I always tell people that my basic style descends from a combination of Bettie Page (e.g. the bangs), film costume designer Edith Head (e.g. bangs, Mexican and gypsy skirts), and artist Mary Blair. It’s an odd mix, but it begins to make sense if you know me fairly well and think on it for a few moments. You may be aware that my signature hair accessory is a black grosgrain ribbon, something I picked up years ago from photos of Blair. I’m also a huge fan of the colors and shapes she incorporated into her artwork and designs for everything from Disney films and theme park attractions (It’s a Small World!) to advertisements to fashion.
I wasn’t sure what to expect when Pinup Girl Clothing announced that they would be adapting some of Blair’s (non-Disney, of course) art to fabrics for a special “Magic of Mary Blair” collection, but I ended up ordering and enjoying several of the pieces. Most items from the collection are existing Pinup Girl Clothing staple pieces, like the popular gathered Jenny skirt and Ella dress, that feature commercial illustrations by Blair. Some of the art comes from textile prints (like the parasols) and others from things like advertisements (e.g. the kittens). They are all constructed from PUG’s favorite cotton sateen fabrics, which look and wear well in casual settings. Continue reading “Fashion & Style Influences: Mary Blair at Pinup Girl Clothing”
Not long ago I got a very pleasant note from the people who run Sin in Linen, a Seattle-based home textiles company inspired by vintage, pinup, rockabilly, punk, tattoo, gothic, and related aesthetics. Since 2004, owner Sandy Glaze has offered bedding, kitchen goods, and bathroom decor suiting a variety of alternative tastes.
From their main line, you can choose sheet sets, duvet covers, curtains, baby bedding, aprons, oven mitts, and other useful home items in a variety of exclusive fabrics. They kindly sent me one of their signature kitchen aprons and an oven mitt and potholder set in the mid-century modern-inspired “Atomic Dreams” print, a fabric specially designed for them by artist Ragnar of Ragnarama.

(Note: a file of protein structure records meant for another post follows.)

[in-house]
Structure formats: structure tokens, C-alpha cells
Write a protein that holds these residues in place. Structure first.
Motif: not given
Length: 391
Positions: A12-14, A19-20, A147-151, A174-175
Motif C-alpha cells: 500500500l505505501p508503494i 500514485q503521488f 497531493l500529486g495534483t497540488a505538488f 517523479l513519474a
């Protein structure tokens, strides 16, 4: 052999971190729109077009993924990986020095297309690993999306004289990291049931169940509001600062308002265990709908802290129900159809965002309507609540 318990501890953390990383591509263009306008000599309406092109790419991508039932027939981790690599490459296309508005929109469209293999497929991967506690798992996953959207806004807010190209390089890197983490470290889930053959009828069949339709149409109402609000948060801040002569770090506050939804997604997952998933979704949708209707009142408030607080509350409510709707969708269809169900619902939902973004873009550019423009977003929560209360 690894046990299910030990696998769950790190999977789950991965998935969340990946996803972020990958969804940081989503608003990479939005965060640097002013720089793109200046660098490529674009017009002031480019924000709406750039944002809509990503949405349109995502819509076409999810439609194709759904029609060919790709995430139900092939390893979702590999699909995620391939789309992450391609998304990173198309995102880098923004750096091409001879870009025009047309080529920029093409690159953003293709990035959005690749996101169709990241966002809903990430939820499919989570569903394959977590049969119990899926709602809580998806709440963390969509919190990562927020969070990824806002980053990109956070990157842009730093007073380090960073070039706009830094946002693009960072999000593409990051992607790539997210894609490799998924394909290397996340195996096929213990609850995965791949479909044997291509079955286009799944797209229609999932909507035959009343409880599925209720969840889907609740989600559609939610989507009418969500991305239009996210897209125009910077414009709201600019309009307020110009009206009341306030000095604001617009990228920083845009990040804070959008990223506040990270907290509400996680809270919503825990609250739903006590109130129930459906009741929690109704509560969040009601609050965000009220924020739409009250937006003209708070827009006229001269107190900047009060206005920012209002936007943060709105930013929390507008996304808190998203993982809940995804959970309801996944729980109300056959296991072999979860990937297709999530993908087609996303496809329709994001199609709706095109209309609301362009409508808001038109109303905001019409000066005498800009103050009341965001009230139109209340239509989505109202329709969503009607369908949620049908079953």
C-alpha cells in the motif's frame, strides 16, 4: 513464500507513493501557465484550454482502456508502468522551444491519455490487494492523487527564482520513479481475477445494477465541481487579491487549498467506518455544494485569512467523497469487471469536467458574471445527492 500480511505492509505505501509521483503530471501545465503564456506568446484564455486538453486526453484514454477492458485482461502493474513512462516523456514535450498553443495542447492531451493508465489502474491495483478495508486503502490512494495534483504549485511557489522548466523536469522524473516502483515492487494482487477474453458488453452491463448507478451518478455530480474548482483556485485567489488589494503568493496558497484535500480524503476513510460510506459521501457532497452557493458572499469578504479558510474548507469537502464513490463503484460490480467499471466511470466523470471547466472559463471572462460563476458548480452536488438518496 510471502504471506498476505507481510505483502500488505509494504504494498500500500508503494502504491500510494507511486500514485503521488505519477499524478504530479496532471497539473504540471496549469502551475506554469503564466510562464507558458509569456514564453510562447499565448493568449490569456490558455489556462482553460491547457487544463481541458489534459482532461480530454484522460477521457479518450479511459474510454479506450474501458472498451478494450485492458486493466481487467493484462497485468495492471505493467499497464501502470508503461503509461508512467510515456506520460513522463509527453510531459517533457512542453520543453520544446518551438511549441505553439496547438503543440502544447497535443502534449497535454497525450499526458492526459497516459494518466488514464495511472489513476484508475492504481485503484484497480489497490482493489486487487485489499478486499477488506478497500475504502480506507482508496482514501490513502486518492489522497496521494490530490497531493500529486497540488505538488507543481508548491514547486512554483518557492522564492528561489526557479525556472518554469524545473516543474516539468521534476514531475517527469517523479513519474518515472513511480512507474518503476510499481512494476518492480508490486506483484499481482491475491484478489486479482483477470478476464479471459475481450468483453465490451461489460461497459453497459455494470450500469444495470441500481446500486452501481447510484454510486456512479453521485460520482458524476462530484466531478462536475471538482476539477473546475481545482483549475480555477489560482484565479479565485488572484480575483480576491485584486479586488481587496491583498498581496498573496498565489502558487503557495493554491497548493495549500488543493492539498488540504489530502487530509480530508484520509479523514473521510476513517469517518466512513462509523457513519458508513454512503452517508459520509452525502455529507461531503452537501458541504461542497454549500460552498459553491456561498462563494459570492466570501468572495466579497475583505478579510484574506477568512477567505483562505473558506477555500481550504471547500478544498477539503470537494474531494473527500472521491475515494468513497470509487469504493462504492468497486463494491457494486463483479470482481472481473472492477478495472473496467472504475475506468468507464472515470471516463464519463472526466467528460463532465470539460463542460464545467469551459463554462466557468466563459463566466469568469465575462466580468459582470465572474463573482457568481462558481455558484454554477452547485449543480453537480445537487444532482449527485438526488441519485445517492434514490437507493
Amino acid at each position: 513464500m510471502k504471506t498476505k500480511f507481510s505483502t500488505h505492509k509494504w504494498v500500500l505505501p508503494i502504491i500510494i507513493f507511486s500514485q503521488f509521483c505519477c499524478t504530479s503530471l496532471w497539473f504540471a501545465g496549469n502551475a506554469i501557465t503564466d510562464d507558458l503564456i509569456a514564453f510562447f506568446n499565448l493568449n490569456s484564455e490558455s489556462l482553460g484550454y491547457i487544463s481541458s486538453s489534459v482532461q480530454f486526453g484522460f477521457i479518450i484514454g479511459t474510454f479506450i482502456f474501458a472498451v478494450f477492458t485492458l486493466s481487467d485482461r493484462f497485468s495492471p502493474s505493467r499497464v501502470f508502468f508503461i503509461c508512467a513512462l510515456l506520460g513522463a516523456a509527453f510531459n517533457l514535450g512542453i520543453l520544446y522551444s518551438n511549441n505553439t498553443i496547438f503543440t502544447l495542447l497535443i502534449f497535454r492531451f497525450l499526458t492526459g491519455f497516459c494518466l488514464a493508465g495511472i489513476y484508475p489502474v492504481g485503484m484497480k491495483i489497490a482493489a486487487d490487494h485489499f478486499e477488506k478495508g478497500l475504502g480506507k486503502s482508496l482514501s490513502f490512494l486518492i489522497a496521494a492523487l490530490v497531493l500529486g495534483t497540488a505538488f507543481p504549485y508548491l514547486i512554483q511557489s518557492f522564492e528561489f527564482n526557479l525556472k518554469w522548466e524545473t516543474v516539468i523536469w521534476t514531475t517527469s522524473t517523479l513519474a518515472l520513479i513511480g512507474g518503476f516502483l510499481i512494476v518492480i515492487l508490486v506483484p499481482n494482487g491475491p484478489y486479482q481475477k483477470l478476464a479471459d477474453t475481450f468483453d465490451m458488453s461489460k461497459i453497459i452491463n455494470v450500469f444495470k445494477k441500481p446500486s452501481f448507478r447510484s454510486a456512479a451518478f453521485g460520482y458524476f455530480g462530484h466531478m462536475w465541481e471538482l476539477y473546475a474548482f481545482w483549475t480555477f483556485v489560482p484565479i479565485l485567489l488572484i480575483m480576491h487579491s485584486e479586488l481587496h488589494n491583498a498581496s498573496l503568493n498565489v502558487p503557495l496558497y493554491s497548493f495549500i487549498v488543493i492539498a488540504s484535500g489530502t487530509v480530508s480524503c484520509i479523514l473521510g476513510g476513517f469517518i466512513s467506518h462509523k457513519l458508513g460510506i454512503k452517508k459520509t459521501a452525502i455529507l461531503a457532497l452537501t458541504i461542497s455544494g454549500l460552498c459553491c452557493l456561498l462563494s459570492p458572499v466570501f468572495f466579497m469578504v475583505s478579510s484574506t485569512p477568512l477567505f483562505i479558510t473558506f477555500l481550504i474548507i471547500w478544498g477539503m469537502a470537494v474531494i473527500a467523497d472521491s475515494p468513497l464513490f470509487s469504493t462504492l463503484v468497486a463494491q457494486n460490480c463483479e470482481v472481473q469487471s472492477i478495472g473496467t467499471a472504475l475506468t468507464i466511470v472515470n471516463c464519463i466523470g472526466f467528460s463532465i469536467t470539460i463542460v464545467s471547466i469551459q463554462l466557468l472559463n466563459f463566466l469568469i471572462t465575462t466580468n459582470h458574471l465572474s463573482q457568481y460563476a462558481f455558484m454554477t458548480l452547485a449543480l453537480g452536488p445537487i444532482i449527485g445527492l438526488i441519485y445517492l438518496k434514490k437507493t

I just received a vintage 1950s suntop in deadstock condition, so naturally I had to wear it out right away. I wore it to tea with my philodendron-motif vintage Mexican skirt, huge lucite bracelets, and Vivien of Holloway 3-inch stretch belt!
The top is made of a slightly-stretchy black poplin, with a ruched back and buttons down the front. The seams are all pinked (zigzag cut edges) to keep them from fraying. This was how they finished seams in the days before prolific serging. Until about 1964, seam sergers weren’t common.
Very cute, but also cool on hot days like today. Yeah, leave it to us to pay to drink hot liquids on a 100F+ day!
I’ve had my eye on Bernie Dexter‘s Paris dress for a while now. It’s a beautiful early 1960s-style sundress with a ruched bust panel and semi-circle skirt that comes in a variety of beautiful prints. I first admired the Paris in the pink blossom print – a springy cherry theme – but soon fell in love with the turquoise and rose fabric style as well.
In addition to their beauty, Bernie’s made-in-USA pieces are also high quality. They’re not cheap, which means I usually wait until they’re on some sort of sale. Luckily, I happened upon both of my favorite Paris fabricways on mark down this month! The pink blossom Paris was on clearance at BernieDexter.com while the turquoise floral was 20% off in the Unique Vintage Presidents’ Day sale. Since the beautiful Bernie Dexter Veronique dress in the blush cabbage rose print was on extra mark down at Unique Vintage, I picked it up too!
I didn’t end up doing anything for New Year’s Eve, but I had plans. Even a nice dinner out deserves a special dress, and this time around I chose Trashy Diva’s new Lena dress. She’s a gorgeous 1950s halter dress with a circle skirt and very festive Swarovski-style crystals and glass beading on the bodice and halter straps. The dress was intended for the holiday season, but it’s actually rather seasonless and the color flatters many skin tones!
The bodice is beautifully pleated with a nice “shelf” detail that pulls up into the halter straps. For those who hate the neck-pulling that happens with many halters, this one’s worth trying. The bodice is very structured and form-fitting, which takes some of the pressure off the neck. The halter buttons at the back of the neck, too, which alleviates the pull that often occurs with halter ties.
I got the size 14, which fits a bit closer than the stated measurements on the Lena size chart. At 43-32-48″, the bodice fits perfectly without a bra.